Blocking Form and Comment Spam with A Honeypot
Spam form submissions have become more frequent over the past several years. Bots scour the web looking for contact forms on websites, and submit bogus form fills that are annoying and potentially harmful.
For several years, we have been using the HTTPBL database at http://www.projecthoneypot.org/ to block known comment spammers on client's website. This has been very effective at minimizing spam form submissions when CAPTCHA challenges were no longer working well. As a point of reference, a CAPTCHA is a program that protects websites against bots by generating and grading tests that humans can pass but current computer programs cannot, and you would be familiar with this if you have ever had to "enter the characters shown" when submitting a web form.
Recently we have improved our ability to block form spam by instituting the HTTPBL block at the server level, instead of on individual websites. When a known suspect IP visits our servers they are denied access and served a 403 Forbidden page.
To get a feel for how often this occurs, look at this screen capture from our server logs. As you can see in the highlighted area, the server identified 4 HTTPBL matches in just 4 minutes:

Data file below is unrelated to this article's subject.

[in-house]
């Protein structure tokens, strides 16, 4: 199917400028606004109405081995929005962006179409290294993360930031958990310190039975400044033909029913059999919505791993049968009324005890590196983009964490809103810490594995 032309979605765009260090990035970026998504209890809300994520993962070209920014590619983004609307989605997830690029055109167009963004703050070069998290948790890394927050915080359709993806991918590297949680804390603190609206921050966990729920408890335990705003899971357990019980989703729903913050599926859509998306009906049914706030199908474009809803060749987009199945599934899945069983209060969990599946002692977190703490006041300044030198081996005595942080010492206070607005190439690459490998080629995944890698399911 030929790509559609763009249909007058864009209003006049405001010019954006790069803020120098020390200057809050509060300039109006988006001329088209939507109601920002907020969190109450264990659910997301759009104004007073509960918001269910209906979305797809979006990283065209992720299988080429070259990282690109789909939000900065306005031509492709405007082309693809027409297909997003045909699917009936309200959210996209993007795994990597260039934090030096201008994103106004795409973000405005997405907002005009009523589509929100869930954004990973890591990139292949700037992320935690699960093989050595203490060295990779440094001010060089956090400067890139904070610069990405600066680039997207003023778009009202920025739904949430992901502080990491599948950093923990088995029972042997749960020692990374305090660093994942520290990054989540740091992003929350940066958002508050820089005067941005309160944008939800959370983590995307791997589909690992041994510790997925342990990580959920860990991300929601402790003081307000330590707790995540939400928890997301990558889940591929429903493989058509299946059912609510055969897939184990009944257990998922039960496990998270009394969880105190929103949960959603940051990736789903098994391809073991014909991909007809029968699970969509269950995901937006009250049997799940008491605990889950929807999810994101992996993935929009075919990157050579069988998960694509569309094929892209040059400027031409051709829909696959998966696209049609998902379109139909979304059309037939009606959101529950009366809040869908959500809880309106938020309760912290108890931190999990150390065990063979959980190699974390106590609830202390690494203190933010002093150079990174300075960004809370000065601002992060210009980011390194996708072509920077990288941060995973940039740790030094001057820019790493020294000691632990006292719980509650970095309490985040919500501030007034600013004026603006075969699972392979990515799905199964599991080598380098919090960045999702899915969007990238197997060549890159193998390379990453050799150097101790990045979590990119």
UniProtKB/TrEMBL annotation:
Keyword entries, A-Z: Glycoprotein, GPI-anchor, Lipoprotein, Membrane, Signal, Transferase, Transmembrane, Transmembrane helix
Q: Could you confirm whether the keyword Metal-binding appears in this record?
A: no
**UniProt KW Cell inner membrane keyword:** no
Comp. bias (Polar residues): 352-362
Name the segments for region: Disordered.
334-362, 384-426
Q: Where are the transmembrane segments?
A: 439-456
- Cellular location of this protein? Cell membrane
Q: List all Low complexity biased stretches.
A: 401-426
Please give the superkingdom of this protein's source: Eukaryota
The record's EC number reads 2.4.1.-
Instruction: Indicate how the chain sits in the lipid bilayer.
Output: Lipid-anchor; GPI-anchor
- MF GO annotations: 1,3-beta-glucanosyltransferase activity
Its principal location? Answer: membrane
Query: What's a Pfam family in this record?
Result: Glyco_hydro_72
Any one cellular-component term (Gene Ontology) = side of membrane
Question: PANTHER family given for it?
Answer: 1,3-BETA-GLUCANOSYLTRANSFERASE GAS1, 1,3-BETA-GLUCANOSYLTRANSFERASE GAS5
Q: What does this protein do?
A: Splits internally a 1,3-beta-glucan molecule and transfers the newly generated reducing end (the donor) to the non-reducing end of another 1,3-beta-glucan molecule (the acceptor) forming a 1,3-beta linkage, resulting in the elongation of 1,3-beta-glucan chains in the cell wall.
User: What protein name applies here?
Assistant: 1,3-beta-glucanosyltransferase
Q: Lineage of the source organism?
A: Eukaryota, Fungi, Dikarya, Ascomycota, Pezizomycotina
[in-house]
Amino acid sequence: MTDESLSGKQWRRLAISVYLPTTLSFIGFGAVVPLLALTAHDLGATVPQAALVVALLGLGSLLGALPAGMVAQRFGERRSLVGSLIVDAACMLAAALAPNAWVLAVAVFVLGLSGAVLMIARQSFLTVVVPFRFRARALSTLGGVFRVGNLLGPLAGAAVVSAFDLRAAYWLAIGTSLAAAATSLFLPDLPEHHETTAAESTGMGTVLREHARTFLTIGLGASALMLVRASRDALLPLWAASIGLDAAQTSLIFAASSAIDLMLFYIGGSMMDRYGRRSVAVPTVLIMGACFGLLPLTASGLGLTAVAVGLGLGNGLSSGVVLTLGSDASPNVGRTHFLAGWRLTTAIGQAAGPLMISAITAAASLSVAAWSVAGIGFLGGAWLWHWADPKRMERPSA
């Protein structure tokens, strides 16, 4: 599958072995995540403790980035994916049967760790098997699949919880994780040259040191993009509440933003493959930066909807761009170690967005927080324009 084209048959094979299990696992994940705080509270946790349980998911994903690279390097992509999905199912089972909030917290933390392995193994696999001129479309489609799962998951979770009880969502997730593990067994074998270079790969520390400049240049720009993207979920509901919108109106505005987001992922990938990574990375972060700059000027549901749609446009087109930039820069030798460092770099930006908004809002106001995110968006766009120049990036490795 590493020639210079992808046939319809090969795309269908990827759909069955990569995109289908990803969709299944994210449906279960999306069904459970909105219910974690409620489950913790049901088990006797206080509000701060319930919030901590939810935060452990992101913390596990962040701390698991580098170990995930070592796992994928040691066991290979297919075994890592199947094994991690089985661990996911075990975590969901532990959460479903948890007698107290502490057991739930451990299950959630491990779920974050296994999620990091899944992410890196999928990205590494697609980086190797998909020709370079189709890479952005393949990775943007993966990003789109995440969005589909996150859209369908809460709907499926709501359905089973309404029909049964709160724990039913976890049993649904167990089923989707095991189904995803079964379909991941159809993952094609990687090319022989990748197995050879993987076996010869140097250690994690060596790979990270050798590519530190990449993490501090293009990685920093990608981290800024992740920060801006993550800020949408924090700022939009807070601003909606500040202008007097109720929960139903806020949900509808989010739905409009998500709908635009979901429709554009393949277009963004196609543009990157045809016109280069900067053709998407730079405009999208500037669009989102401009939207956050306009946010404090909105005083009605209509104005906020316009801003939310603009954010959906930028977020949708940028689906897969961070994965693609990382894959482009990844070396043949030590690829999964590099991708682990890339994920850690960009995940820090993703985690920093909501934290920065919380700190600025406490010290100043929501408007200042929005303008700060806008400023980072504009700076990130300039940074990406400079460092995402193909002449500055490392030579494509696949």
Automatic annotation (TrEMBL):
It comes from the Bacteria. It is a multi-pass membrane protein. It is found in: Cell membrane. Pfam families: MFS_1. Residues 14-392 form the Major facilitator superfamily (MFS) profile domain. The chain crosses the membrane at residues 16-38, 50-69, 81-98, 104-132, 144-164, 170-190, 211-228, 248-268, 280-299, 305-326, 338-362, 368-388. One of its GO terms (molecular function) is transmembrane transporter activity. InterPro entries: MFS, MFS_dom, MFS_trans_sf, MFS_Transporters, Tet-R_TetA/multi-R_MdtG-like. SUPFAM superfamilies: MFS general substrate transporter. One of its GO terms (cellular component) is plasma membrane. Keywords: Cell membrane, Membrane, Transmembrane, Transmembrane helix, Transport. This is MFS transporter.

You'll notice that the server logs show other blocks as well, these are all instances of an IP trying to do something malicious on our servers. These actions occur thousands of times per day.
To understand why the HTTPBL block occurred, simply visit the Project Honeypot website and enter one of the IPs listed (https://www.projecthoneypot.org/ip_22.214.171.124). You will see that the website returns data about suspicious IPs, and we use the Threat Rating to block any IP with a Threat Rating of greater than 30. The Threat Rating is a metric that describes how dangerous an IP is based off its observed suspicious activity.
The HTTPBL approach to blocking form spammers works well to keep thousands of bogus form submissions from occurring on our clients' websites. Occasionally new IPs that are not yet identified will slip through, but these issues are generally infrequent and quickly resolve themselves as the bad IPs get listed at Project Honeypot.